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EPA Expected to OK More Ethanol in Gas

The Environmental Protection Agency is expected to raise the maximum amount of ethanol that can be blended with gasoline for vehicles manufactured since 2007.

Fields of corn surround the Golden Grain Energy ethanol plant, in Mason City, Iowa.
Charlie Neibergall
Fields of corn surround the Golden Grain Energy ethanol plant, in Mason City, Iowa.

According to people with knowledge of the announcement, the EPA may say as soon as Wednesday that the newer vehicles are able to handle 15 percent ethanol, up from the current maximum of 10 percent for the corn-based fuel.

The sources spoke on condition of anonymity because they were not authorized to discuss the decision.

The ethanol industry has maintained that there is sufficient evidence to show that a 15 percent ethanol blend in motor fuel will not harm engine performance.

But the auto industry, environmentalists and a broad coalition of other groups have argued against an increase and called for more testing.

Opponents argue that the increase in production of corn and its diversion into ethanol is making animal feed more expensive, raising prices at the grocery store and tearing up the land.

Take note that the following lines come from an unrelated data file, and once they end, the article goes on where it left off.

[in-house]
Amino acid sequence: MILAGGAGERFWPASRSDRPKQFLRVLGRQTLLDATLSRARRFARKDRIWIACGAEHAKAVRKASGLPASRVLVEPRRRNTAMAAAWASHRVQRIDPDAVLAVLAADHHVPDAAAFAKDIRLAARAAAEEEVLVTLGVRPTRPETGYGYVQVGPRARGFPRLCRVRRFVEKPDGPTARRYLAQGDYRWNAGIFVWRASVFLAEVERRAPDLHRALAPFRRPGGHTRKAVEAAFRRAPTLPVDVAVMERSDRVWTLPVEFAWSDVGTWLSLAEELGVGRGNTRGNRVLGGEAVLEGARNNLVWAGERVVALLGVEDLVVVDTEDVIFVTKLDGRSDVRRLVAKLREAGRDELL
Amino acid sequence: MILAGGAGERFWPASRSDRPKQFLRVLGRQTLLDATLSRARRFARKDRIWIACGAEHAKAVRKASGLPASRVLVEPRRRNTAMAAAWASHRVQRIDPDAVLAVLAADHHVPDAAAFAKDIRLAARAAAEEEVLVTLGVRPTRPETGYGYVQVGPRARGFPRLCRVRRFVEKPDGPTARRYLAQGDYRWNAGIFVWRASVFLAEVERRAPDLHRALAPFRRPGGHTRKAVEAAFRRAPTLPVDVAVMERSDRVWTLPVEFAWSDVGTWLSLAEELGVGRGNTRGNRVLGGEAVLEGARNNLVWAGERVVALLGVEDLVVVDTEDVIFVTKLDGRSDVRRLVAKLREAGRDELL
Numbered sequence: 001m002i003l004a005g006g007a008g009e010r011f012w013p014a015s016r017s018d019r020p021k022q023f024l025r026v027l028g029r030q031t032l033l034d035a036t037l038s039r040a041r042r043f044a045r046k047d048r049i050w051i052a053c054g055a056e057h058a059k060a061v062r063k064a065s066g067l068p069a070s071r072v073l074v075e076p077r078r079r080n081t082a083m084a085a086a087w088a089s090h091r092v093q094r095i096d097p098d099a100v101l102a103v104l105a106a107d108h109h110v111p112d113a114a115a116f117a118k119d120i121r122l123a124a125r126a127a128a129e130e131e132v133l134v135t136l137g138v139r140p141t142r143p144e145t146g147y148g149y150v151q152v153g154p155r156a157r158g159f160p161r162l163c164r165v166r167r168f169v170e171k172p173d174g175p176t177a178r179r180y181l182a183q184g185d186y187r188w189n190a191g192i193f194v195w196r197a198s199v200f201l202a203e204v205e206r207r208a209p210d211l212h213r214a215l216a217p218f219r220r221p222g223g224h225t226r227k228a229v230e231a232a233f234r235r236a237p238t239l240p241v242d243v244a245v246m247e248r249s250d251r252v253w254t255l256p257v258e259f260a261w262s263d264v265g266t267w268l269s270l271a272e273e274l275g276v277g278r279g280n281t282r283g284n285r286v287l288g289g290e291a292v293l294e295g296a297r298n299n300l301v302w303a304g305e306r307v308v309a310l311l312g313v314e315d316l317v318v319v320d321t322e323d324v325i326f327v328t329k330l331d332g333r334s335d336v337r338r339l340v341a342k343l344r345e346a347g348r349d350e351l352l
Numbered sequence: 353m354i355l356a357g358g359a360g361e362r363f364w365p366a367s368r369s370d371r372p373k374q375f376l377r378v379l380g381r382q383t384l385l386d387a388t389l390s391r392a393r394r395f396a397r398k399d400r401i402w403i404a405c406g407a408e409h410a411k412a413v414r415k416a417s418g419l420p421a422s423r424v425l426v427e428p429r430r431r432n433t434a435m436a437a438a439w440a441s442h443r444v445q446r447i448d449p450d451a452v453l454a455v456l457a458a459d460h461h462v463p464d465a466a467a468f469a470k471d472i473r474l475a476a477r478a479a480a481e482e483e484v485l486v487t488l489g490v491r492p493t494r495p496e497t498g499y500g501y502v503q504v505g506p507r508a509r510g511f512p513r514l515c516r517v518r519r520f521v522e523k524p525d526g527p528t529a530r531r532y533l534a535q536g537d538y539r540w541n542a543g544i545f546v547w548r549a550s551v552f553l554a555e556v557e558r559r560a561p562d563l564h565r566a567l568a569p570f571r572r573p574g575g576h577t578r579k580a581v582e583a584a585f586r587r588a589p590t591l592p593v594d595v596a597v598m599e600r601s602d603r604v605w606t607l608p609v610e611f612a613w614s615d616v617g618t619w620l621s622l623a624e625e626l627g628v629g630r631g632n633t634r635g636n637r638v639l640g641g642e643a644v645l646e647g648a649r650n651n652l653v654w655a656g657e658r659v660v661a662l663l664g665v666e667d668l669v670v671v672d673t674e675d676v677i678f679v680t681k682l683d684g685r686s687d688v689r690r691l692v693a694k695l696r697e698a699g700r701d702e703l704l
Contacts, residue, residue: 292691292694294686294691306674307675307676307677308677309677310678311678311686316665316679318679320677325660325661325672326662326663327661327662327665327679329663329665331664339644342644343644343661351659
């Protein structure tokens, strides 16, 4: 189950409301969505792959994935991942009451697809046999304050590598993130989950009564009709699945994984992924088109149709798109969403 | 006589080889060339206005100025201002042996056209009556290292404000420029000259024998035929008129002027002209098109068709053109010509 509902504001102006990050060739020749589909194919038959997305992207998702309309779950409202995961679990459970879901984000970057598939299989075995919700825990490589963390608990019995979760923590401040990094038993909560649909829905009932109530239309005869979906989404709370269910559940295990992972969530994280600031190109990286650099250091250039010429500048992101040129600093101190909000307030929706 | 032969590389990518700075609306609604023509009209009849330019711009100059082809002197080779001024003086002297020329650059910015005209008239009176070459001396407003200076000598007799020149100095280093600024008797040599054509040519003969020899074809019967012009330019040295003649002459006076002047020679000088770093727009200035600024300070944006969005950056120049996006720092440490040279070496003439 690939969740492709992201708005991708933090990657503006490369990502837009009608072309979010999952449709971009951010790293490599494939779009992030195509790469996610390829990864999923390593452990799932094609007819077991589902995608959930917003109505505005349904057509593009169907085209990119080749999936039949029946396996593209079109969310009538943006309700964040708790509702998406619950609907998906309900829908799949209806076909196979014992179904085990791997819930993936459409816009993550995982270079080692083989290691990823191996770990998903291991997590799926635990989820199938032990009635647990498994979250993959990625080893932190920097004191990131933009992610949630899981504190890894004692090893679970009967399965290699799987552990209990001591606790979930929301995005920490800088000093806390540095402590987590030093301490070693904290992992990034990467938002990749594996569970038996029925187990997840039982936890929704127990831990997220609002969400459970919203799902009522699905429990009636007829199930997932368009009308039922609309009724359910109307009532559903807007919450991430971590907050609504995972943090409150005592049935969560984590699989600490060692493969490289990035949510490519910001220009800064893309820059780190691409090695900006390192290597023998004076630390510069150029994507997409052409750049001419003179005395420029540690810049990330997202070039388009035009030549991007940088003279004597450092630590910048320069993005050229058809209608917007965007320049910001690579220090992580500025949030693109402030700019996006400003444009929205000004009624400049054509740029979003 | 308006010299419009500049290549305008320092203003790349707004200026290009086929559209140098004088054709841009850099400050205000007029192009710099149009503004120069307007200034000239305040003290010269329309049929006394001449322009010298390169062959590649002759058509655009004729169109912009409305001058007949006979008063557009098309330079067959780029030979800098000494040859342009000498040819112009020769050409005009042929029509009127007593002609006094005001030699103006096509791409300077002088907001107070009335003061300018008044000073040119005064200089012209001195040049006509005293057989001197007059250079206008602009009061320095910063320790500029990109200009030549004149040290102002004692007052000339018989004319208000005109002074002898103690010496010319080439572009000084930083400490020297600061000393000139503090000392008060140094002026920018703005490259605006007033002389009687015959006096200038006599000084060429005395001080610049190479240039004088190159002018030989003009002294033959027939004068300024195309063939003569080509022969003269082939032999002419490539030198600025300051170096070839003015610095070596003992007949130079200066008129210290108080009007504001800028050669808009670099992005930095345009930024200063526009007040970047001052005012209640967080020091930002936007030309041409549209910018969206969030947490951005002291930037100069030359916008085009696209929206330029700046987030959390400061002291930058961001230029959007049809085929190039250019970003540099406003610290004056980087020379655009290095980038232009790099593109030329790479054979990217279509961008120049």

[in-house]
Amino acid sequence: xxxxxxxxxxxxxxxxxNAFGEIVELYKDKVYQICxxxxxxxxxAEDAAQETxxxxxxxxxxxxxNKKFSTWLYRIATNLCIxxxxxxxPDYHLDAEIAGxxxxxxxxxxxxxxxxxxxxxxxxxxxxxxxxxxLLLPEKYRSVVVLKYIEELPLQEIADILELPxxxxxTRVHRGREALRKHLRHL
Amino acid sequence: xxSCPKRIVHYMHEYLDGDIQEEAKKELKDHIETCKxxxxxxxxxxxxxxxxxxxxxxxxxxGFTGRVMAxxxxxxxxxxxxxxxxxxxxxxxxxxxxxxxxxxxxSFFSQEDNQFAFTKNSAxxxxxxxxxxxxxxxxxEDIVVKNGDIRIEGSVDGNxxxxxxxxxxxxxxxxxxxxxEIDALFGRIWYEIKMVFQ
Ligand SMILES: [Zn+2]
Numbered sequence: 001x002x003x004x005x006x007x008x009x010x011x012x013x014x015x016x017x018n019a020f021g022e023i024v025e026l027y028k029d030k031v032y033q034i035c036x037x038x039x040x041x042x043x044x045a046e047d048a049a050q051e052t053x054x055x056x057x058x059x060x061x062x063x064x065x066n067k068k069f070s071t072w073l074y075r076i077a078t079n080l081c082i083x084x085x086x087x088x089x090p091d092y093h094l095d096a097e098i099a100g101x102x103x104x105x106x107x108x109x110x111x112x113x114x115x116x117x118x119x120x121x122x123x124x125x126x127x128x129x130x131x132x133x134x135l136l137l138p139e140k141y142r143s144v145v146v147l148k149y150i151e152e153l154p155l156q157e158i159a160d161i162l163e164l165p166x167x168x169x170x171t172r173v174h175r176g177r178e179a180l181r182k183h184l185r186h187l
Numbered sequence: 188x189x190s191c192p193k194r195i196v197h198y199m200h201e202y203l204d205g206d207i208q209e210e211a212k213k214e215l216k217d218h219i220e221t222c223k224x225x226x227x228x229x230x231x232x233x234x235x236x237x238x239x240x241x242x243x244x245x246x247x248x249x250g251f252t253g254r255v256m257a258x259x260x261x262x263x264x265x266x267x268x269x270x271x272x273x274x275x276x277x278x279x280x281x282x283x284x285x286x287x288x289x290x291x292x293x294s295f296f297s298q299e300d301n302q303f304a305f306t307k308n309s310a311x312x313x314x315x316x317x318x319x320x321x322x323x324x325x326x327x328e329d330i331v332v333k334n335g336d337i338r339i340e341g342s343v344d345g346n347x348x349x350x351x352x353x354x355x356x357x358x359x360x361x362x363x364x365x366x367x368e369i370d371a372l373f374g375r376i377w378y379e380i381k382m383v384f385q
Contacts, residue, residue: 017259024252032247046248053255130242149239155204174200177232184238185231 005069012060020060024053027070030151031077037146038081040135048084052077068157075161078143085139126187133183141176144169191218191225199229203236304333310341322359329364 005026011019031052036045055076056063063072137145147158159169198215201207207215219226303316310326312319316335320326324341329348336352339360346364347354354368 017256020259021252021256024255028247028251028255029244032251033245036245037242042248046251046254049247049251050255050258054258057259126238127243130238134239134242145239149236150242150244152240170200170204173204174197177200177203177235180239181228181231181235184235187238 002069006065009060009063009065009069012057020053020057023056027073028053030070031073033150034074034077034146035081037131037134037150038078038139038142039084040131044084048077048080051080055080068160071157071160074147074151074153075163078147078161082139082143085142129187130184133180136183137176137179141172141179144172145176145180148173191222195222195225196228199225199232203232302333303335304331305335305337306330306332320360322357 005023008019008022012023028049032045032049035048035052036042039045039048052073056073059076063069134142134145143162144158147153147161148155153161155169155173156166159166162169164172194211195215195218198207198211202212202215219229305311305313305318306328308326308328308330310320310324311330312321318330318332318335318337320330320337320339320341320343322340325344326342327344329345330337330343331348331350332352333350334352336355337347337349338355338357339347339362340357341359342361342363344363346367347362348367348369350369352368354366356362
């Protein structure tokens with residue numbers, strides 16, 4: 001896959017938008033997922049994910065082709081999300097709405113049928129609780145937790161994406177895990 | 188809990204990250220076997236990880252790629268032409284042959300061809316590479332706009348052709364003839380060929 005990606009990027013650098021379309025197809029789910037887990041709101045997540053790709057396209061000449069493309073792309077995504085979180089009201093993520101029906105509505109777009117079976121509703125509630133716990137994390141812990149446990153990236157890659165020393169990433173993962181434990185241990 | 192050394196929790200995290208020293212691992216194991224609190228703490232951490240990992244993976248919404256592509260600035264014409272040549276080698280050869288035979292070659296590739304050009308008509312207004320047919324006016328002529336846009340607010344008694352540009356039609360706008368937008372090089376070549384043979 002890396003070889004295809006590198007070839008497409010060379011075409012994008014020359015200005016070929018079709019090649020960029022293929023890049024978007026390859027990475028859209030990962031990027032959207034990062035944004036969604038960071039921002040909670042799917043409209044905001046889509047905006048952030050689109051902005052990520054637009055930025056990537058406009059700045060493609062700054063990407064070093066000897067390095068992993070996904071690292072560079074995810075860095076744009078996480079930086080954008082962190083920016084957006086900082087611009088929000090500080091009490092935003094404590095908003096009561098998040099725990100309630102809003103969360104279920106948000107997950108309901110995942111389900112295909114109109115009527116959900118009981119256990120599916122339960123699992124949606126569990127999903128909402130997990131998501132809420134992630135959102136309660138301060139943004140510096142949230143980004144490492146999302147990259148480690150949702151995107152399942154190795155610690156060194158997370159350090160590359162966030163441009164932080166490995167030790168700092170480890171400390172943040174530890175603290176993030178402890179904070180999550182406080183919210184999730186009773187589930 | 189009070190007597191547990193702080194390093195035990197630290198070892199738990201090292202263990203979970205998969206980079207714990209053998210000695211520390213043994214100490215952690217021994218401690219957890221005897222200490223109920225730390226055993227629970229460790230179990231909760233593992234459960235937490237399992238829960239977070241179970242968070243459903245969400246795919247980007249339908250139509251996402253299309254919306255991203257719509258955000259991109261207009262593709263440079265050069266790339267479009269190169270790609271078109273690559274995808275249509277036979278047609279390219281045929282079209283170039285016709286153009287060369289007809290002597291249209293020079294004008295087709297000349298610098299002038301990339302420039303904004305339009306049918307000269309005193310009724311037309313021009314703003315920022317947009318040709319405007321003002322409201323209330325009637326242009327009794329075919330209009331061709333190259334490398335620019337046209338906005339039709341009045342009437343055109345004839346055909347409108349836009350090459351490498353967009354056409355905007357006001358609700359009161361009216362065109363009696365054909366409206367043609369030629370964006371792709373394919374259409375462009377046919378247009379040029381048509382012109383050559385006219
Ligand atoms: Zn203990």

Manufacturers of smaller engines - used in everything from lawn mowers to boats - also oppose increasing the use of the fuel, saying those engines are not designed for the higher concentrations.

The EPA has said a congressional mandate for increased ethanol use can't be achieved without allowing higher blends. Congress has required refiners to blend 36 billion gallons of biofuels, mostly ethanol, into auto fuel by 2022.

The ethanol industry says increased consumption of the renewable fuel creates new jobs and replaces imported oil. The industry group Growth Energy petitioned the EPA to raise the blend earlier this year.

The agency is expected to make a second decision on the ethanol concentration allowed in cars manufactured between 2001 and 2007 after more testing is completed at the end of November.

If the higher blends are not allowed for the older cars by the time the 15 percent blend is on the market, it could cause confusion at the pump since different cars could use different blends of gasoline.

The decision was initially expected in December but was delayed twice as the agency and the Energy Department completed testing.

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